Whole Foods site work spills into rest of Sauer Center

sauer center construction

Work is underway at the Sauer Center site, as viewed from across Hermitage Road. (Kieran McQuilkin)

The future spot for a Whole Foods store isn’t the only site undergoing demolition at the planned Sauer Center development.

Site work is underway throughout the property that will house the 200,000-square-foot mixed-use development, bordered by West Broad Street and Hermitage Road to the south and east, the DMV headquarters building to the west and Richmond Fire Station No. 10 to the north.

Crews with contractor L.F. Jennings are busy grading parts of the property that are planned for surface parking, according to landscape plans submitted to the city.

Those plans show a spot within that central area that is designated for a weekend farmers’ market for Whole Foods, which will go in at the site of the recently razed Pleasants Hardware flagship store along Broad.

The landscape plans, drafted by Richmond-based HG Design Studio on behalf of the development arm of neighboring spice maker C.F. Sauer Co., show additional new construction adjacent to the DMV building. A mixed-use apartment and parking garage building is planned, with a six-level parking structure adjoining a 10-story apartment building with rooftop pool and a connected eight-story apartment building.

The plans designate those buildings as “future development.” They do not indicate a schedule or timeline for when different parts of Sauer Center would come to fruition. Development plans for those buildings have yet to be filed and would be required before building permits could be issued.

Two existing warehouses along Hermitage Road behind the company’s headquarters and spice factory are to be converted into office buildings, while the 133,000-square-foot Putney Building at 2220 W. Broad St. is planned to be renovated for additional office use. Whole Foods once considered that building for its second location.

sauer center

The Sauer Center site from across Broad Street, facing west. (Kieran McQuilkin)

Demolition for the grocery store began this month, with crews from locally based S.B. Cox taking down the building that housed the hardware chain’s home base since 1975. The future 45,000-square-foot store will be Whole Foods’ second in the area, after its West Broad Village location in Short Pump.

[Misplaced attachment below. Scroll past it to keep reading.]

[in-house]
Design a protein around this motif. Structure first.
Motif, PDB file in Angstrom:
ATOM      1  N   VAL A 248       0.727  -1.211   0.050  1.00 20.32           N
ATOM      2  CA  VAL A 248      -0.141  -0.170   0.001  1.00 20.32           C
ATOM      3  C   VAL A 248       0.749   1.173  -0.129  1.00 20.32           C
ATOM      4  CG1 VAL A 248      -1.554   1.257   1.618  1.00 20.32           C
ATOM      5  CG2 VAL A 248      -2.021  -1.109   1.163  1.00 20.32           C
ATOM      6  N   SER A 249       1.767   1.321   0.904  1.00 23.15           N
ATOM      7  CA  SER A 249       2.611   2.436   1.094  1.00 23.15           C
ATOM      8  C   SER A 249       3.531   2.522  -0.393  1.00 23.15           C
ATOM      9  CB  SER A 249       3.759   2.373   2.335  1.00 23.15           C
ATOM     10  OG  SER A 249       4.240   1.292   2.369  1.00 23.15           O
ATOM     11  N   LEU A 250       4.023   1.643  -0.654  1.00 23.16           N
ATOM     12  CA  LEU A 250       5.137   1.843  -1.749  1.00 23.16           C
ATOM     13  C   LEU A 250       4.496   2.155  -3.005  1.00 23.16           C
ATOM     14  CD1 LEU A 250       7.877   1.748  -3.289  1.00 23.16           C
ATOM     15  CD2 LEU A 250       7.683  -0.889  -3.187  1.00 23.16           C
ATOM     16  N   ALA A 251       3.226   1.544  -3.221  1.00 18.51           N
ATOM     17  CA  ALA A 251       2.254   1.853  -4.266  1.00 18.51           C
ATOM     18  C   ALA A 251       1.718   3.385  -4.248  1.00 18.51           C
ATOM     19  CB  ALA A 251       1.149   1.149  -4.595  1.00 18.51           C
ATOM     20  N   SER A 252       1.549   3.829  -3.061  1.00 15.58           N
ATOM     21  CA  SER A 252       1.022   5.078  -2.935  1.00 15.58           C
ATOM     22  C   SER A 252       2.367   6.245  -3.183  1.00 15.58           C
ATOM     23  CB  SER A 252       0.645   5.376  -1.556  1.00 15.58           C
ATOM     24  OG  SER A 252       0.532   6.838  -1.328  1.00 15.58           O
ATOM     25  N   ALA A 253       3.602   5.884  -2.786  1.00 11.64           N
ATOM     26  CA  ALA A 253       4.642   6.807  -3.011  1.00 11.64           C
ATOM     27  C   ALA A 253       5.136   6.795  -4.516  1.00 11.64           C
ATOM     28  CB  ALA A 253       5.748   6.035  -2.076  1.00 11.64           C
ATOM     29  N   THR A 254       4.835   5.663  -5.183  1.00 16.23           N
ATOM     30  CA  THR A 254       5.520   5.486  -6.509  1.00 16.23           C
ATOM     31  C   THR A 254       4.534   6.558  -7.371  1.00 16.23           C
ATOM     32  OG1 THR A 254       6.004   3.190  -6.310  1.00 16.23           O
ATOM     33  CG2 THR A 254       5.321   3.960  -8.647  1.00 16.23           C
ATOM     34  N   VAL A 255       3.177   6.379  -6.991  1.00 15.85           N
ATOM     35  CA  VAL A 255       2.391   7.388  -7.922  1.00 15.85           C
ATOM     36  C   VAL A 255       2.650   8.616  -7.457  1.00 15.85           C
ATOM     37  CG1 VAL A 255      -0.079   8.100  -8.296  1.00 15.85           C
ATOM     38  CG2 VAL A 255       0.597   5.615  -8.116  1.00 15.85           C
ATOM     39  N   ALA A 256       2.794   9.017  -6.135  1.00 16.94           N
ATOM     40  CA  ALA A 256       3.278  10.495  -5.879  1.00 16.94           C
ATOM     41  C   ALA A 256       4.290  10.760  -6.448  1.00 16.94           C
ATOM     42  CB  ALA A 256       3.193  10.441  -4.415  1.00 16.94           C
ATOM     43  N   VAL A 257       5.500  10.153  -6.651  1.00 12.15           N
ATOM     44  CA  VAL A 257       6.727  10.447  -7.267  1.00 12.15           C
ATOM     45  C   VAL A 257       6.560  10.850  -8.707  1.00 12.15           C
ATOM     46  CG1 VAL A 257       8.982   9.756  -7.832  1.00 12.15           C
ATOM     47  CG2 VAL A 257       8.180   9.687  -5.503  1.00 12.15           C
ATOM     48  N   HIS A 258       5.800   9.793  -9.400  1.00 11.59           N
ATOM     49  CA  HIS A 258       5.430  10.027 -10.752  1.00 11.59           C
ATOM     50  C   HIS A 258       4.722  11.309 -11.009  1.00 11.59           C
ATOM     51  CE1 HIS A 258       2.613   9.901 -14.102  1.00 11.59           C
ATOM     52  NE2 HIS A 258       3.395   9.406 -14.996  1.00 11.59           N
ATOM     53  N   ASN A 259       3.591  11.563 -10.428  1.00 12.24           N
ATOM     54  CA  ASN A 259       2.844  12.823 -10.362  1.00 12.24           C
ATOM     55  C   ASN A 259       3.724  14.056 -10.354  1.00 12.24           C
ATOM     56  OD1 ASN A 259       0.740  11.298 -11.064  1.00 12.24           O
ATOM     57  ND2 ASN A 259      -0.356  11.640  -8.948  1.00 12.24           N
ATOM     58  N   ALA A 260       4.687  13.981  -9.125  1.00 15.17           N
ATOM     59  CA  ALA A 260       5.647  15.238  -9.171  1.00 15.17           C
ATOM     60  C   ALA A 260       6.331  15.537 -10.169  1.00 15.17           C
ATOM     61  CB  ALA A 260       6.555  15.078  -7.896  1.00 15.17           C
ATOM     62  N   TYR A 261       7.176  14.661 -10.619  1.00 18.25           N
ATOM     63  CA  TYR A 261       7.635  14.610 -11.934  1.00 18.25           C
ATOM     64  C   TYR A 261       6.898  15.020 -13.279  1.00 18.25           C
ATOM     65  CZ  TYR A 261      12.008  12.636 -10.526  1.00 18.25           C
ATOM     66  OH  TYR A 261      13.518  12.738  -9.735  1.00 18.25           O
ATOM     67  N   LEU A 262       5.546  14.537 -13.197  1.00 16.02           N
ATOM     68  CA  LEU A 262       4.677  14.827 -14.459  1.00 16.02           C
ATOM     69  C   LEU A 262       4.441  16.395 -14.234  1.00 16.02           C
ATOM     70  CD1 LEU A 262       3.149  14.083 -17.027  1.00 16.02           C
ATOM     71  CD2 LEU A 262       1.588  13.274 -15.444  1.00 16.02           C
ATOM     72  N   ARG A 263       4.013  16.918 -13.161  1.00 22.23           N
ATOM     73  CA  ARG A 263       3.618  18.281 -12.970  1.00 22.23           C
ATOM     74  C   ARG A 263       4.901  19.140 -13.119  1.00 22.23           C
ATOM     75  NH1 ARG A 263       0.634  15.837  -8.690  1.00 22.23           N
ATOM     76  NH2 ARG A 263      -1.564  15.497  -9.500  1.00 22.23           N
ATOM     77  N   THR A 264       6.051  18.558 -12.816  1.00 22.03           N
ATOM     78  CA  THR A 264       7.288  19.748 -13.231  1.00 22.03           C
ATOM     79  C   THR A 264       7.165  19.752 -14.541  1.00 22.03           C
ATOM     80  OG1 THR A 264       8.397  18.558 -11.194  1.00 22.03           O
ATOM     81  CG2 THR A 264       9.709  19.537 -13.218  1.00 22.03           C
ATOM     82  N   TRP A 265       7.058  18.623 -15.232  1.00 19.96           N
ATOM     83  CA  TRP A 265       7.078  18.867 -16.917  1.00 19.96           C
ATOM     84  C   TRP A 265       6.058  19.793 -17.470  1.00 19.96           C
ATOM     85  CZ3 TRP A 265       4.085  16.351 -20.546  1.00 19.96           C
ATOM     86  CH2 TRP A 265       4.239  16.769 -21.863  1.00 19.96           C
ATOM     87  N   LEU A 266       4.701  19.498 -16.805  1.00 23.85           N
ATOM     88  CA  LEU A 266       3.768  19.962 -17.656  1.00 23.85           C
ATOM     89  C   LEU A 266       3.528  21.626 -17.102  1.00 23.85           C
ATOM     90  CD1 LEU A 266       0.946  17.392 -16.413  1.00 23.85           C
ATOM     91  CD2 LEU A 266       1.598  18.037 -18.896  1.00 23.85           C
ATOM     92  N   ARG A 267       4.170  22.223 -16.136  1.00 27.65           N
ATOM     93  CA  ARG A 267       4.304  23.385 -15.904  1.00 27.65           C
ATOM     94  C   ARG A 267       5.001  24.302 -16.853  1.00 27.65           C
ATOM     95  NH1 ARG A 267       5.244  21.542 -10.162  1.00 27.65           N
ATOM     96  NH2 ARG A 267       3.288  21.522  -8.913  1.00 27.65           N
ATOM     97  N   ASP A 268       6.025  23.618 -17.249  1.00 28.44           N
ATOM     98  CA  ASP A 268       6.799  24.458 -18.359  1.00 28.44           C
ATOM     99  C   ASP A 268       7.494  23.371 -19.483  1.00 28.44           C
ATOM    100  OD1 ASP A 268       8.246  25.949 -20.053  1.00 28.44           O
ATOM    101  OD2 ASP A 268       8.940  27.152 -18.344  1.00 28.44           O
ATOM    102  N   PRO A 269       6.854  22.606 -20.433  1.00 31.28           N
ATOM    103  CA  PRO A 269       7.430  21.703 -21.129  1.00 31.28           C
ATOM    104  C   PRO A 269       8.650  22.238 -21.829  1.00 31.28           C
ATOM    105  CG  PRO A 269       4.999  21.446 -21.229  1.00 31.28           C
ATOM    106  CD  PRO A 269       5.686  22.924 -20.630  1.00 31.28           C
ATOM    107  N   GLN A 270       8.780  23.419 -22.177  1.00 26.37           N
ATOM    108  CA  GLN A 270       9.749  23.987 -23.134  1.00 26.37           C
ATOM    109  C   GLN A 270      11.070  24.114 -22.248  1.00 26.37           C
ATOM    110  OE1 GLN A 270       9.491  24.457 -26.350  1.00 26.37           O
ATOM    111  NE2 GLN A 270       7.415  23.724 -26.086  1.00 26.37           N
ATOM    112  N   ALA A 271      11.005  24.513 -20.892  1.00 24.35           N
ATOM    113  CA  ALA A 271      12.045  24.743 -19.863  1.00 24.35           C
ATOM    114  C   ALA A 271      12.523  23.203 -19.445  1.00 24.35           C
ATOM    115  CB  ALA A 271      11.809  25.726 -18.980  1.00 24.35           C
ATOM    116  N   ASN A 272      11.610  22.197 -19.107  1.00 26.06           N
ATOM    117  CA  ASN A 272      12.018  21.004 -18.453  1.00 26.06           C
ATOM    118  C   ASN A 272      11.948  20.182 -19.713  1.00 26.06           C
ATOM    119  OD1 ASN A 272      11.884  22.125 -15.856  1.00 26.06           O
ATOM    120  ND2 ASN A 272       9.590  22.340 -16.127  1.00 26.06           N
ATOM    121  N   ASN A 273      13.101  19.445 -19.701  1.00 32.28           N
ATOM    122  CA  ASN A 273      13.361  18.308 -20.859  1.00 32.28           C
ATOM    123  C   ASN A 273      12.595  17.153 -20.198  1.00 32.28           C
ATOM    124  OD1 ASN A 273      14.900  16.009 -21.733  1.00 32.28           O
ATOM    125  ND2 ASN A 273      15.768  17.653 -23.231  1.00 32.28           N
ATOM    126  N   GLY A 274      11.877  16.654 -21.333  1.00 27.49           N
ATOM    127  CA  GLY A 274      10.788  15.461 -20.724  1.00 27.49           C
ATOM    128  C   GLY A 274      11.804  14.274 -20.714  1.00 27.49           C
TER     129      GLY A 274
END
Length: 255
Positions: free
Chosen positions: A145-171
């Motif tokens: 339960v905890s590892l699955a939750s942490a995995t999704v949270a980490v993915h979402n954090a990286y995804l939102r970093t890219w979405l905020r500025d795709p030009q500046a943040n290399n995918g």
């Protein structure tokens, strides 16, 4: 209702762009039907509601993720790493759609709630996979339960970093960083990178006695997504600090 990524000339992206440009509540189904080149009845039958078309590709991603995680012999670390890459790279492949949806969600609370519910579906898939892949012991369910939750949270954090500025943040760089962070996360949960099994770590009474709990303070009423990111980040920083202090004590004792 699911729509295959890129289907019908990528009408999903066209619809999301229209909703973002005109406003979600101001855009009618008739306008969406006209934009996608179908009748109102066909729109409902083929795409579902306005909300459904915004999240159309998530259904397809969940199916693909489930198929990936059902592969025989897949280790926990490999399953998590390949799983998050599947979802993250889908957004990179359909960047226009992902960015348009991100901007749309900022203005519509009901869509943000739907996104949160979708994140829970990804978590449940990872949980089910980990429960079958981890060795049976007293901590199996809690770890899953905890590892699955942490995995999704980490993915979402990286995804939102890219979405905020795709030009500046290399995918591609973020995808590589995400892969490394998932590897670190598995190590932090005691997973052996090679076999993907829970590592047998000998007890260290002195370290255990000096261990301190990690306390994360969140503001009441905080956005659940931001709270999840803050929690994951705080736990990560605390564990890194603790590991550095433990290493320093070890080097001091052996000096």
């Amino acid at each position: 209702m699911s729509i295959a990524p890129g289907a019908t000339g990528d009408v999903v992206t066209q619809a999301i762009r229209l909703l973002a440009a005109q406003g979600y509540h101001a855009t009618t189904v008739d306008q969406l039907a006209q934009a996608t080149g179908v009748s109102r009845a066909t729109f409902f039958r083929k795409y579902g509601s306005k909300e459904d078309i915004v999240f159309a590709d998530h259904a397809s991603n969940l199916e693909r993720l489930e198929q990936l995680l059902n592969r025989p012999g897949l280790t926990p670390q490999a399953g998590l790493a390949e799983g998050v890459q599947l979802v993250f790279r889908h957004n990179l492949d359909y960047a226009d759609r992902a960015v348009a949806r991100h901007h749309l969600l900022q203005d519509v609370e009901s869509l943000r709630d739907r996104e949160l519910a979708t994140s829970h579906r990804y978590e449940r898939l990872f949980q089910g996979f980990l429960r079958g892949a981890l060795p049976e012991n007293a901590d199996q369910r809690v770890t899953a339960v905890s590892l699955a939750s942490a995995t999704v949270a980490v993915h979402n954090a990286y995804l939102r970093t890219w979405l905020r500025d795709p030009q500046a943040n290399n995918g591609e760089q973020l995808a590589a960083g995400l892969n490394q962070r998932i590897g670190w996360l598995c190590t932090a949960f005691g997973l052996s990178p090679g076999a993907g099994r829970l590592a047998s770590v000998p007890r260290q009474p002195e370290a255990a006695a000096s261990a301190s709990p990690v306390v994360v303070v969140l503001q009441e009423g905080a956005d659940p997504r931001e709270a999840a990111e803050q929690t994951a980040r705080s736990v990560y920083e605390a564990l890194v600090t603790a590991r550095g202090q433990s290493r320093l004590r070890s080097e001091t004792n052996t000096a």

The Whole Foods building, designed by Henrico-based Freeman Morgan Architects, is scheduled for completion in fall 2018, according to L.F. Jennings’ website.

All of the properties involved are Sauer-owned, except the Lee’s Famous Recipe Chicken building, which is planned to be updated with an addition. The plans show a building behind Lee’s is to be demolished.

Henrico-based E.D. Lewis & Associates designed the landscape plan for the Lee’s Chicken project, which is separate from the Sauer Center development.

Messages for Sauer Properties and L.F. Jennings seeking comment were not returned.

The activity at Sauer Center includes work to the Sauer factory and headquarters buildings. Trent Corp. is the contractor on that job, which project manager Randy McElroy said involves office renovations, upgrades to the plant’s interior, and window replacements and updates to the building’s façade. He said the work is expected to last 18 months.

In the works for years, Sauer Center represents a culmination of real estate investments the company has made dating back decades. It owns property on the other side of Hermitage Road as well, and Sauer Properties purchased the Putney Building, which once housed the Virginia Department of Taxation, in 2012 – two decades after Sauer acquired the Pleasants Hardware property in 1989.

Sauer Properties’ other developments include the 175,000-square-foot Stuart’s Crossing Shopping Center at Brook Road and Virginia Center Parkway. Its real estate portfolio includes several holdings in Carytown, including Need Supply Co.’s recently expanded storefront.

sauer center siteplan

Sauer Center site plan.

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2 Comments on "Whole Foods site work spills into rest of Sauer Center"

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Bruce Milam
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It’s difficult to measure the impact this redevelopment will have on the Broad Street corridor but it will be dramatic. Whole Foods has been long anticipated but the news of two apartment towers changes the entire dynamic along the Pulse transit route. And Lees Chicken survives! Some things should never change!

Michael Dodson
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Couple of points demo started before Thanksgiving, the building behind Lee’s was the first to go and has been gone for two weeks, and it is cool to see Allison, Marshall and Clay Streets basically extending the street grid into the project. Oh and Bruce is right on Lee’s.

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